Raheem Baraka Makes Latino Family Health a Civil Rights Issue in Boston

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Salud Heroes
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Raheem J. Baraka grew up seeing health inequity all around him in Boston (19% Latino).

He saw people in one low-income neighborhood suffer more disease, less access to health care, and live 33 years less than people in a wealthy area just 2.7 miles away. He saw doctors treating illnesses, not addressing prevention or social determinants of health.

He was fed up.

So Baraka started Baraka Community Wellness.

The nonprofit group makes health a civil rights issue by creating programs to address health equity and the social determinants of health, such as the unique “Healthy Moms, Healthy Kids” program to connect single moms to access to healthy eating, physical activity, and social support from financial aid to housing advocacy.

“I truly have a disdain for disparity and inequity. Injustice and systemic challenges related to race and class are driving many problems in health care today. Work on upstream solutions that impact communities towards positive outcomes downstream is the smart, moral, and right thing to do,” Baraka said.

The Impetus for Wellness for Vulnerable Populations

Many U.S. Latino families suffer a big lack of access to support for economic and educational success, and quality healthcare. This makes it harder for Latino kids to achieve academically, socially, and physically, according to a Salud America! research review.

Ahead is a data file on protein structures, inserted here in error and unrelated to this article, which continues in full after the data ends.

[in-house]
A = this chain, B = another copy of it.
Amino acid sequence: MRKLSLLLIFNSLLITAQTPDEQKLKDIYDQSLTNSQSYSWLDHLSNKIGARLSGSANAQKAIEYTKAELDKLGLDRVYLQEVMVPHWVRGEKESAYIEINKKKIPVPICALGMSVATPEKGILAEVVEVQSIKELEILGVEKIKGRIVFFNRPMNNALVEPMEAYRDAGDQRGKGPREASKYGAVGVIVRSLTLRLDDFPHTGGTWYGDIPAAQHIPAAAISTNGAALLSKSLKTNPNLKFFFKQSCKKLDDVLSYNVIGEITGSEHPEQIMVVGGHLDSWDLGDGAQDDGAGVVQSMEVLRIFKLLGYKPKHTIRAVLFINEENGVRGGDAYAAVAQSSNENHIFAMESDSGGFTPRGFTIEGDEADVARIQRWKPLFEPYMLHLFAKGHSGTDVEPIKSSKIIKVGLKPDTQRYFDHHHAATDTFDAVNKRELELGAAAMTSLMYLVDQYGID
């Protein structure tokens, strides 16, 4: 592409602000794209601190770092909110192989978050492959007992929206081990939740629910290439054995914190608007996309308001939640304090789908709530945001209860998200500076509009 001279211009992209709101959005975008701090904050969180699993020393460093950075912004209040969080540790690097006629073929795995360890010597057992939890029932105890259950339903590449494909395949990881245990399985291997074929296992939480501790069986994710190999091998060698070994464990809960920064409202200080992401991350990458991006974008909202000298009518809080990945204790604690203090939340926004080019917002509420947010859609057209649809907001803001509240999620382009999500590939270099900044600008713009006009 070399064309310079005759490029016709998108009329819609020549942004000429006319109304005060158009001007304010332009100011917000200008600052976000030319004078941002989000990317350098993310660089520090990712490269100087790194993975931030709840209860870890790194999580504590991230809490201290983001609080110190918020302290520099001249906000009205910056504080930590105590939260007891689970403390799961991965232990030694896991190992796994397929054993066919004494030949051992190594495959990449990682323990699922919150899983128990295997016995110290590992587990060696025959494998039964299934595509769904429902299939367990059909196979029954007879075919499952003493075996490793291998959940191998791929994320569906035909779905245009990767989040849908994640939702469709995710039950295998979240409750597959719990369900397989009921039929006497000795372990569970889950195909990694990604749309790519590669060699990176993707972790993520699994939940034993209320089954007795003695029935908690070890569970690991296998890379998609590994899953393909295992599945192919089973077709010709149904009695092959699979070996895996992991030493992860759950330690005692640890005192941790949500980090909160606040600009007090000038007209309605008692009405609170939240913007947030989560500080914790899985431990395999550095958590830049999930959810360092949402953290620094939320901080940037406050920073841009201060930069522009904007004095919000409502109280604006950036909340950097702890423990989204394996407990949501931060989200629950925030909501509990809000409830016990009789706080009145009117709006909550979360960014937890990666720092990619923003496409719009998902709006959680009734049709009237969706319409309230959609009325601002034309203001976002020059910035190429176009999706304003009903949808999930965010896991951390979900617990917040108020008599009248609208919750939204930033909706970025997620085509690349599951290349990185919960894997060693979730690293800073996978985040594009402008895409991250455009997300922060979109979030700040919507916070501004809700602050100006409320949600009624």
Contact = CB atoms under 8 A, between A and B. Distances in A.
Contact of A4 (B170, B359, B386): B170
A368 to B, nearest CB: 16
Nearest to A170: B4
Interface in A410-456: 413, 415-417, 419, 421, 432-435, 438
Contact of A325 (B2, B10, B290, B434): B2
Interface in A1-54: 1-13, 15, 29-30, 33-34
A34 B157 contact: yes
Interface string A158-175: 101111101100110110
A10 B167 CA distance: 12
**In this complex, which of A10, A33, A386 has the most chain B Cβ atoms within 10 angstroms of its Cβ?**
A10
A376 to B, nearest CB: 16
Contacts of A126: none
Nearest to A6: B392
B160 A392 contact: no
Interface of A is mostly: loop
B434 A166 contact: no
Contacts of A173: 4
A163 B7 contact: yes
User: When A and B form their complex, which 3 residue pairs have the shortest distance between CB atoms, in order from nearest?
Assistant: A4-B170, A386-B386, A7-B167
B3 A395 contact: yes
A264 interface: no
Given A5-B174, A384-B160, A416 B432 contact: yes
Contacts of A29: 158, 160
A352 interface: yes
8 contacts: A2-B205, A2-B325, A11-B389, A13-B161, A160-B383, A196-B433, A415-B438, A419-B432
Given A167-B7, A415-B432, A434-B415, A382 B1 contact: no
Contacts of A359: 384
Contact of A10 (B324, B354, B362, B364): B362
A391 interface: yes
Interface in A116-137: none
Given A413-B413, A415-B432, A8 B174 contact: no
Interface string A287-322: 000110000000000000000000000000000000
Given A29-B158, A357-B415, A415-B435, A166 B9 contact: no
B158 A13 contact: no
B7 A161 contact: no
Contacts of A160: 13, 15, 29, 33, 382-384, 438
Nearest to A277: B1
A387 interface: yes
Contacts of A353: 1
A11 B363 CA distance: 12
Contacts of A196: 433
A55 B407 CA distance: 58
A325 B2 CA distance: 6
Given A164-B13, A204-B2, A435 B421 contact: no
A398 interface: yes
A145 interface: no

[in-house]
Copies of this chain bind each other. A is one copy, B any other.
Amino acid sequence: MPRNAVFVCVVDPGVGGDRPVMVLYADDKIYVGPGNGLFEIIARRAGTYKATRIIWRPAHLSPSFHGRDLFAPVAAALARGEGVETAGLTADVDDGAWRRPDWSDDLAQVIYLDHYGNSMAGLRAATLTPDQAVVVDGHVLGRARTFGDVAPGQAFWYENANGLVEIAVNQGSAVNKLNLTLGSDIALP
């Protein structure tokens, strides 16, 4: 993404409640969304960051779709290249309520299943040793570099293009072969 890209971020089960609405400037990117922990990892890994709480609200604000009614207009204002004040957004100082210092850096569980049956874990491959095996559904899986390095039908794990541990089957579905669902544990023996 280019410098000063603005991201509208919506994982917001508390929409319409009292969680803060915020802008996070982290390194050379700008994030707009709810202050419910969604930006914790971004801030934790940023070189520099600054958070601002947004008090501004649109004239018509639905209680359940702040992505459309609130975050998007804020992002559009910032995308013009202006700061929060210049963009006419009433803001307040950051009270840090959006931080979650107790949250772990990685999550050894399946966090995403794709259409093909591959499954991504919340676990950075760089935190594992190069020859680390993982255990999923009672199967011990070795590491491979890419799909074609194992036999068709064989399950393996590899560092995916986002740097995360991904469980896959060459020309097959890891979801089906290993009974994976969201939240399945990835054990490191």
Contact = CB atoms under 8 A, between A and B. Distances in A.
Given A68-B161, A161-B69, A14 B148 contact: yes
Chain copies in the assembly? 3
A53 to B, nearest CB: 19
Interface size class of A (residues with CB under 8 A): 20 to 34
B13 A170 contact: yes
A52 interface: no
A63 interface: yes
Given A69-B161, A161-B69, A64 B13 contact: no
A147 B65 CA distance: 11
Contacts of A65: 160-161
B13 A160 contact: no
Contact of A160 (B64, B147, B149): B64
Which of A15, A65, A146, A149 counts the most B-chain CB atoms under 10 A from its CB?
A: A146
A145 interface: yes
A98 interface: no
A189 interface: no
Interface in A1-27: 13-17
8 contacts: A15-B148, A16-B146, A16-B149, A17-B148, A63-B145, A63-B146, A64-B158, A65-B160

Raheem Baraka
Raheem J. Baraka, founder of Baraka Community Wellness, being interviewed by Salud America in July 2018.

Baraka witnessed much of the same in Boston.

In his previous job as fitness director for the Massachusetts General Hospital’s Community Health Centers, Baraka developed and implemented health promotion and community engagement activities and interventions.

He often saw Latinos and Blacks struggle to access quality healthcare. Few received preventive services or social support.

“The challenges in Boston are no different than the others facing the rest of the country” Baraka told Salud America!. “There are major disparities and inequities in regards to healthcare, and not only healthcare, but outcomes concerning health status.”

The Launch of Baraka Community Wellness

Baraka started Baraka Community Wellness in 2013.

The nonprofit designs and manages comprehensive integrated evidence-based wellness solutions for the community, healthcare agencies, other nonprofit organizations, and municipalities.

Their methodology is:

  • Guide communities and organizations in creating healthy families, productive work forces. Provide resources for reinforcing a culture of wellness.
  • Create and manage community-wide wellness programs that serve multiple populations.
  • Provide employers and municipalities mechanisms to reduce risk, enhance health, increase productivity and reduce healthcare costs.
  • Contribute to the health care sector’s and societal shift toward wellness promotion and disease prevention globally.

“The overall mission of Baraka Community Wellness is to close the gap of health disparities and reduce healthcare costs … and ensure there is equity in regards to health outcomes for low-income communities,” according to its website.

To achieve its bold mission, Baraka Community Wellness needed to reach the community.

Baraka knew who he wanted to reach first: single mothers.

Healthy Moms Healthy Kids

Healthy Moms Healthy Kids is the original program of the Baraka Community Wellness initiative.

Healthy Moms Healthy Kids started as a family wellness program to address the needs of access for single mothers living in low-income areas who had no access to positive lifestyle and behavior models, or access to healthy food options. The program includes health coaching, physical fitness and nutrition with cooking demonstration.